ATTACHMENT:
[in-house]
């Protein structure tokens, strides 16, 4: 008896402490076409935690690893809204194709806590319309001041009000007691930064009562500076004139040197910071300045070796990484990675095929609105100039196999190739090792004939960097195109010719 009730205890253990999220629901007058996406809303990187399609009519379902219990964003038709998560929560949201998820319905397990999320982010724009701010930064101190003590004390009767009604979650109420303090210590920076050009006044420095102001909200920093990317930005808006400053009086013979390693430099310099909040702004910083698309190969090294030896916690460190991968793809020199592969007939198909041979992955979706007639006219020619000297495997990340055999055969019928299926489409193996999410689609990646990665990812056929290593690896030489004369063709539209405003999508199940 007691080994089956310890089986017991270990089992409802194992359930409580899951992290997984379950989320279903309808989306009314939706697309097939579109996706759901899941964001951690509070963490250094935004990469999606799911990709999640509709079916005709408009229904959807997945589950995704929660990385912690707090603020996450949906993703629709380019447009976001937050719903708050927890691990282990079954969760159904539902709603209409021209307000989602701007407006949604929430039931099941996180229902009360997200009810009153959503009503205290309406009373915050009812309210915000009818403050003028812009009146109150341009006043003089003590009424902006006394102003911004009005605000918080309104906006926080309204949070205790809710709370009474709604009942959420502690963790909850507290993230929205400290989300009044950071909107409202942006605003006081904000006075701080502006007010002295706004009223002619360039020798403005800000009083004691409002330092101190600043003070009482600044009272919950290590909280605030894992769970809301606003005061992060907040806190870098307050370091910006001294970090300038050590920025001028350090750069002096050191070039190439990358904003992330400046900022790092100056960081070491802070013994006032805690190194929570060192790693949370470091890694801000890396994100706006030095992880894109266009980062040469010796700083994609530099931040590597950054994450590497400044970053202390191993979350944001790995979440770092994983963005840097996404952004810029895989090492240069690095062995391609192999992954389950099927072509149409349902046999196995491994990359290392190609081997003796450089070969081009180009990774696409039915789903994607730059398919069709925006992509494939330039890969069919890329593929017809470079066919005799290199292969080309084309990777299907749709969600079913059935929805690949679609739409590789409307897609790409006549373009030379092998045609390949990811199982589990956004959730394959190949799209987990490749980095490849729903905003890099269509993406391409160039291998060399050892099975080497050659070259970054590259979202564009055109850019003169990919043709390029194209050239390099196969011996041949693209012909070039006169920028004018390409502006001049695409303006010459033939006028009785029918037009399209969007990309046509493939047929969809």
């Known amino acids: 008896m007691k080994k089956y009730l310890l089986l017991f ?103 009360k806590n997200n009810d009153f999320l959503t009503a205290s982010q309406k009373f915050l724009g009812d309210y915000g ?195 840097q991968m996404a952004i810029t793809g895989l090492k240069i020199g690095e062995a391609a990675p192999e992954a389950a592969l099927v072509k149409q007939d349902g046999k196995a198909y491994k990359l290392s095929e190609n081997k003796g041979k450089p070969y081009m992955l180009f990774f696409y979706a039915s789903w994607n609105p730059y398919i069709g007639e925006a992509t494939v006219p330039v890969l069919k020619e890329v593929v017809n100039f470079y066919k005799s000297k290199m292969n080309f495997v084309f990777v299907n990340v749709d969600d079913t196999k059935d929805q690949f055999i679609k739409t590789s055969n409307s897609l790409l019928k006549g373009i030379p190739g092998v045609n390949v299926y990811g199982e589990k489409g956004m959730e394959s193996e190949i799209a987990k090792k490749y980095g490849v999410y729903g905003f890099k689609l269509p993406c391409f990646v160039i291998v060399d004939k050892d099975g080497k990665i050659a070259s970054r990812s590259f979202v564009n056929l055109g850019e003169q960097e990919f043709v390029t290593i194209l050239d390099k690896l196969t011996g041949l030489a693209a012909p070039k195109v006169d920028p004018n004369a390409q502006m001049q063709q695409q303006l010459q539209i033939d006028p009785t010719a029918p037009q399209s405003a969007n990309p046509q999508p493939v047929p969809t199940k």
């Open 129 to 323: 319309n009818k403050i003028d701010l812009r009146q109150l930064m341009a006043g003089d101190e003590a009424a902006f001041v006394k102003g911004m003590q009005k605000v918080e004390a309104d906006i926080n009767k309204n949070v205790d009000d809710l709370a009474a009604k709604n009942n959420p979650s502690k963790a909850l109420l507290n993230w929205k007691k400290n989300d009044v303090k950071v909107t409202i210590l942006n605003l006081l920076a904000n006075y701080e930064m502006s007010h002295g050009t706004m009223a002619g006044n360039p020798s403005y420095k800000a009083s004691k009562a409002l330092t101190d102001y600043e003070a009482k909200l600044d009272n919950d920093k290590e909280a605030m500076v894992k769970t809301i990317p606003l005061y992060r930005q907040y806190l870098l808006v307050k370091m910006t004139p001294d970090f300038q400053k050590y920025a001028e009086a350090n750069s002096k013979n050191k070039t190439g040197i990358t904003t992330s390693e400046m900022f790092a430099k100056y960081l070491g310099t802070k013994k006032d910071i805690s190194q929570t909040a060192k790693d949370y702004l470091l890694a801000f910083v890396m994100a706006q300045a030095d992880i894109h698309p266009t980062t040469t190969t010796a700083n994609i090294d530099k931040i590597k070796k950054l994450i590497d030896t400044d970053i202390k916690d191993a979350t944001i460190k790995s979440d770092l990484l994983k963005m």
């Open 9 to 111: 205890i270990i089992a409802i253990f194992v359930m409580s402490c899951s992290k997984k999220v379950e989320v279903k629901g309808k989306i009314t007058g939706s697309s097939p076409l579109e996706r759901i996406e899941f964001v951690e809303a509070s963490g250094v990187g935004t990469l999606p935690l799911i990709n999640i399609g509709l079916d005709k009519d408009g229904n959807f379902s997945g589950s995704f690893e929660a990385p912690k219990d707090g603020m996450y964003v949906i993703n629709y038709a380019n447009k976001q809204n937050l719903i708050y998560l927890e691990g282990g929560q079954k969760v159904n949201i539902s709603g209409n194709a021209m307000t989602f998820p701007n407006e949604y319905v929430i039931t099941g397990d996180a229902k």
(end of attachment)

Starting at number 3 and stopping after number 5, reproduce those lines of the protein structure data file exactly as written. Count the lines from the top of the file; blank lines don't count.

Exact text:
């Known amino acids: 008896m007691k080994k089956y009730l310890l089986l017991f ?103 009360k806590n997200n009810d009153f999320l959503t009503a205290s982010q309406k009373f915050l724009g009812d309210y915000g ?195 840097q991968m996404a952004i810029t793809g895989l090492k240069i020199g690095e062995a391609a990675p192999e992954a389950a592969l099927v072509k149409q007939d349902g046999k196995a198909y491994k990359l290392s095929e190609n081997k003796g041979k450089p070969y081009m992955l180009f990774f696409y979706a039915s789903w994607n609105p730059y398919i069709g007639e925006a992509t494939v006219p330039v890969l069919k020619e890329v593929v017809n100039f470079y066919k005799s000297k290199m292969n080309f495997v084309f990777v299907n990340v749709d969600d079913t196999k059935d929805q690949f055999i679609k739409t590789s055969n409307s897609l790409l019928k006549g373009i030379p190739g092998v045609n390949v299926y990811g199982e589990k489409g956004m959730e394959s193996e190949i799209a987990k090792k490749y980095g490849v999410y729903g905003f890099k689609l269509p993406c391409f990646v160039i291998v060399d004939k050892d099975g080497k990665i050659a070259s970054r990812s590259f979202v564009n056929l055109g850019e003169q960097e990919f043709v390029t290593i194209l050239d390099k690896l196969t011996g041949l030489a693209a012909p070039k195109v006169d920028p004018n004369a390409q502006m001049q063709q695409q303006l010459q539209i033939d006028p009785t010719a029918p037009q399209s405003a969007n990309p046509q999508p493939v047929p969809t199940k």
């Open 129 to 323: 319309n009818k403050i003028d701010l812009r009146q109150l930064m341009a006043g003089d101190e003590a009424a902006f001041v006394k102003g911004m003590q009005k605000v918080e004390a309104d906006i926080n009767k309204n949070v205790d009000d809710l709370a009474a009604k709604n009942n959420p979650s502690k963790a909850l109420l507290n993230w929205k007691k400290n989300d009044v303090k950071v909107t409202i210590l942006n605003l006081l920076a904000n006075y701080e930064m502006s007010h002295g050009t706004m009223a002619g006044n360039p020798s403005y420095k800000a009083s004691k009562a409002l330092t101190d102001y600043e003070a009482k909200l600044d009272n919950d920093k290590e909280a605030m500076v894992k769970t809301i990317p606003l005061y992060r930005q907040y806190l870098l808006v307050k370091m910006t004139p001294d970090f300038q400053k050590y920025a001028e009086a350090n750069s002096k013979n050191k070039t190439g040197i990358t904003t992330s390693e400046m900022f790092a430099k100056y960081l070491g310099t802070k013994k006032d910071i805690s190194q929570t909040a060192k790693d949370y702004l470091l890694a801000f910083v890396m994100a706006q300045a030095d992880i894109h698309p266009t980062t040469t190969t010796a700083n994609i090294d530099k931040i590597k070796k950054l994450i590497d030896t400044d970053i202390k916690d191993a979350t944001i460190k790995s979440d770092l990484l994983k963005m």
């Open 9 to 111: 205890i270990i089992a409802i253990f194992v359930m409580s402490c899951s992290k997984k999220v379950e989320v279903k629901g309808k989306i009314t007058g939706s697309s097939p076409l579109e996706r759901i996406e899941f964001v951690e809303a509070s963490g250094v990187g935004t990469l999606p935690l799911i990709n999640i399609g509709l079916d005709k009519d408009g229904n959807f379902s997945g589950s995704f690893e929660a990385p912690k219990d707090g603020m996450y964003v949906i993703n629709y038709a380019n447009k976001q809204n937050l719903i708050y998560l927890e691990g282990g929560q079954k969760v159904n949201i539902s709603g209409n194709a021209m307000t989602f998820p701007n407006e949604y319905v929430i039931t099941g397990d996180a229902k």